Details on elo functions and the special functions allowed in them to change functions' behaviors.

players(..., weights = NULL)

multiteam(...)

k(x, y = NULL)

regress(x, to, by, regress.unused = TRUE)

group(x)

neutral(x)

## Arguments

... Vectors to be coerced to character, which comprise of the players of a team. A vector giving the weights of Elo updates for the players in .... Ignored for elo.glm. A vector. A single value or a vector of the same length as x: how much to adjust the Elos in x. Numeric: what Elo to regress to. Can be a single value or named vector the same length as the number of teams. Numeric: by how much should Elos be regressed toward to. Logical: whether to continue regressing teams which have stopped playing.

## Details

In the functions in this package, formula is usually of the form wins.A ~ elo.A + elo.B, where elo.A and elo.B are vectors of Elos, and wins.A is between 0 and 1, denoting whether team A (Elo A) won or lost (or something between). elo.prob also allows elo.A and elo.B to be character or factors, denoting which team(s) played. elo.run requires elo.A to be a vector of teams or a players matrix from players() (sometimes denoted by "team.A"), but elo.B can be either a vector of teams or players matrix ("team.B") or else a numeric column (denoting a fixed-Elo opponent). elo.glm requires both to be a vector of teams or players matrix. elo.markovchain requires both to be a vector of teams.

formula accepts six special functions in it:

k() allows for complicated Elo updates. For constant Elo updates, use the k =  argument instead of this special function. Note that elo.markovchain uses this function (or argument) as a convenient way of specifying transition probabilities. elo.colley uses this to indicate the fraction of a win to be assigned to the winning team.

adjust() allows for Elos to be adjusted for, e.g., home-field advantage. The second argument to this function can be a scalar or vector of appropriate length. This can also be used in elo.glm and elo.markovchain as an adjuster to the logistic regressions.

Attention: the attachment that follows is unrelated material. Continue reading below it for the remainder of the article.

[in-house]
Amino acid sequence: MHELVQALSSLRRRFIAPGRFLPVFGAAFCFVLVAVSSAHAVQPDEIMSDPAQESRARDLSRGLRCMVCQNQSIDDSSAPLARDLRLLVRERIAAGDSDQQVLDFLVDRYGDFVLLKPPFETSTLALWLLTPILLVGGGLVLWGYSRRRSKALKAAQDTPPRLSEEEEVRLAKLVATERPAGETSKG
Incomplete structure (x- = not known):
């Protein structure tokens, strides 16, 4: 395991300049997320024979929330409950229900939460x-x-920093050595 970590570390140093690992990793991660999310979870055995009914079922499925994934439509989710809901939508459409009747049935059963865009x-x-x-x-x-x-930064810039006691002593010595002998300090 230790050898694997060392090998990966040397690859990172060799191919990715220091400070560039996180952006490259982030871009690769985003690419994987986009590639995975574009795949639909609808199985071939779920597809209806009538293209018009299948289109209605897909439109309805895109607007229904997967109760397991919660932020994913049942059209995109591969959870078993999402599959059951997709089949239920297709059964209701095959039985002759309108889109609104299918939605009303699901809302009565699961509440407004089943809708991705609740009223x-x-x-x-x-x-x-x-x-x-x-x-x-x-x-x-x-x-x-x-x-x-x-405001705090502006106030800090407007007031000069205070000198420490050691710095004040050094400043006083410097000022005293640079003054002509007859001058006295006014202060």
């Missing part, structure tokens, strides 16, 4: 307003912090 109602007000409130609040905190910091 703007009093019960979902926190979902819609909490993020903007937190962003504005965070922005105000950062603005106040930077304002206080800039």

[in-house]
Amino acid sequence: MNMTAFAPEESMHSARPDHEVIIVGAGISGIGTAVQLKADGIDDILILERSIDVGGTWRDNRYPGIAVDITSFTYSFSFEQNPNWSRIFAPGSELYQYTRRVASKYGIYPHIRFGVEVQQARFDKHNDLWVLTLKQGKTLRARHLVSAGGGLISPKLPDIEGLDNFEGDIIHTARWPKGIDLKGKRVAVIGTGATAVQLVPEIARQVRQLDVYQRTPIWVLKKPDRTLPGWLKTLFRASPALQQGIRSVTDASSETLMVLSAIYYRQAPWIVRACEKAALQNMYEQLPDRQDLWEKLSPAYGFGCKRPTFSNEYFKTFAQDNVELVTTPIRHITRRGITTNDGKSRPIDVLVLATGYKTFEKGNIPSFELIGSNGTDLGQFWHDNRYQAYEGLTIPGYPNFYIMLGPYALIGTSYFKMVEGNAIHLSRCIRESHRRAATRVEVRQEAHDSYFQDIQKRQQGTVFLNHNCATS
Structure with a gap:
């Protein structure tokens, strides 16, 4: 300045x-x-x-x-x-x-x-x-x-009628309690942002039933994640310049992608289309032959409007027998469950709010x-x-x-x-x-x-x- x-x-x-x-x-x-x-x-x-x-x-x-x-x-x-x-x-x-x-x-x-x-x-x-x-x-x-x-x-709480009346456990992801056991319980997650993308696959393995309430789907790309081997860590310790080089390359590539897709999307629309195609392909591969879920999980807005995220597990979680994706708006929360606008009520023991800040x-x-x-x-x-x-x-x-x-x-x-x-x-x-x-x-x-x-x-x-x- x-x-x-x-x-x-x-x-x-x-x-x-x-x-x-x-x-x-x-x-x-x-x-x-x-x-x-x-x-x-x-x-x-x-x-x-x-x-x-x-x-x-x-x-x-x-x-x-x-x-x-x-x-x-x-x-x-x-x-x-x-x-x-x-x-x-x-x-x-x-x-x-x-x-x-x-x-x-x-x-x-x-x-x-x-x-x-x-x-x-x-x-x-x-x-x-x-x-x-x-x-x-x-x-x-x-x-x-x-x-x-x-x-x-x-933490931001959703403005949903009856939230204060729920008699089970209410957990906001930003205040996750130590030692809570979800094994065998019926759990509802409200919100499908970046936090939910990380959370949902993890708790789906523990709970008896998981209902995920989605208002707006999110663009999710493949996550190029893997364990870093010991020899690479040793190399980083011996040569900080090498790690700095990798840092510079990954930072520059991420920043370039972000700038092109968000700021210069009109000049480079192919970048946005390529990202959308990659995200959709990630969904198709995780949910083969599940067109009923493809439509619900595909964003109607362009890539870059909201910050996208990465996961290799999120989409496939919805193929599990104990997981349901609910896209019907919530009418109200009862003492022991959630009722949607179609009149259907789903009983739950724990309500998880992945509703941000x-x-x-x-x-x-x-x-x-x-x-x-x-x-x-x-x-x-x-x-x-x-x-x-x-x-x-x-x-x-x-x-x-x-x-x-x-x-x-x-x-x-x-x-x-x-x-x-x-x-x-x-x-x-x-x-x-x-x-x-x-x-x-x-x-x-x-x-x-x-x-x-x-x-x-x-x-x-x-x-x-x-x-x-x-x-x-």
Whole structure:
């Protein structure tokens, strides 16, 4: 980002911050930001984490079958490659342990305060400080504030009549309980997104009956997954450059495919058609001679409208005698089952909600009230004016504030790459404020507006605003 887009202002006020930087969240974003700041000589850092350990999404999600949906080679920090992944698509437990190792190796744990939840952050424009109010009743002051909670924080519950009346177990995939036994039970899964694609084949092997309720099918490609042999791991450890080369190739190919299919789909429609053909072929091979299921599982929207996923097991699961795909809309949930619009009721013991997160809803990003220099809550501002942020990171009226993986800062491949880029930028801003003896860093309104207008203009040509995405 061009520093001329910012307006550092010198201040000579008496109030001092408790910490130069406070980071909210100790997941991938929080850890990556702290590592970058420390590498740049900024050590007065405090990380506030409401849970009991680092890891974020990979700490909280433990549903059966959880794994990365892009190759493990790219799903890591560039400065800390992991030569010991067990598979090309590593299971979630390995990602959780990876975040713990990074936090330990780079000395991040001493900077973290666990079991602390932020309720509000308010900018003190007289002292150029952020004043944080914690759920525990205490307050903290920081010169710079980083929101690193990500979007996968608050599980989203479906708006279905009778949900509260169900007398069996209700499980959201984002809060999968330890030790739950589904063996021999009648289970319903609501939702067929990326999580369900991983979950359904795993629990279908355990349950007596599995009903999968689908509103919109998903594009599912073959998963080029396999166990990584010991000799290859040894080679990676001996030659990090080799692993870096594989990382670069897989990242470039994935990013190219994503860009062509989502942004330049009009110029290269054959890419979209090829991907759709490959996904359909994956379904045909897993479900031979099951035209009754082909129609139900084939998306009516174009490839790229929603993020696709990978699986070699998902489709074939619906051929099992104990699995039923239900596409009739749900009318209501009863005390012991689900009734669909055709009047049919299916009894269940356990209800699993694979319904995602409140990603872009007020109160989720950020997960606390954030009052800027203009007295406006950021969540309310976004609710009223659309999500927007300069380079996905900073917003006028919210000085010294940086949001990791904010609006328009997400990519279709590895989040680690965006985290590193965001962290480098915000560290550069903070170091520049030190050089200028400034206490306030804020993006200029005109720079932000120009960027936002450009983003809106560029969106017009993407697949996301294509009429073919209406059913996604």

regress() can be used to regress Elos back to a fixed value after certain matches. Giving a logical vector identifies these matches after which to regress back to the mean. Giving any other kind of vector regresses after the appropriate groupings (see, e.g., duplicated(..., fromLast = TRUE)). The other three arguments determine what Elo to regress to (to = ), by how much to regress toward that value (by = ), and whether to continue regressing teams which have stopped playing (regress.unused, default = TRUE).

group() is used to group matches (by, e.g., week). For elo.run, Elos are not updated until the group changes. It is also fed to as.matrix.elo.run, giving the number of rows to return. to produce only certain rows of matrix output. It also determines how many models to run (and on what data) for elo.glm and elo.markovchain when running=TRUE.

neutral() is used in elo.glm and elo.markovchain to determine the intercept. In short, the intercept is 1 - neutral(), denoting home-field advantage. Therefore, the column passed should be 0 (denoting home-field advatange) or 1 (denoting a neutral game). If omitted, all matches are assumed to have home field advantage.

players() is used for multiple players on a team contributing to an overall Elo. The Elo updates are then assigned based on the specified weights. The weights are ignored in elo.glm.

multiteam() is used for matchups consisting of multiple teams and is only valid in elo.run.multiteam.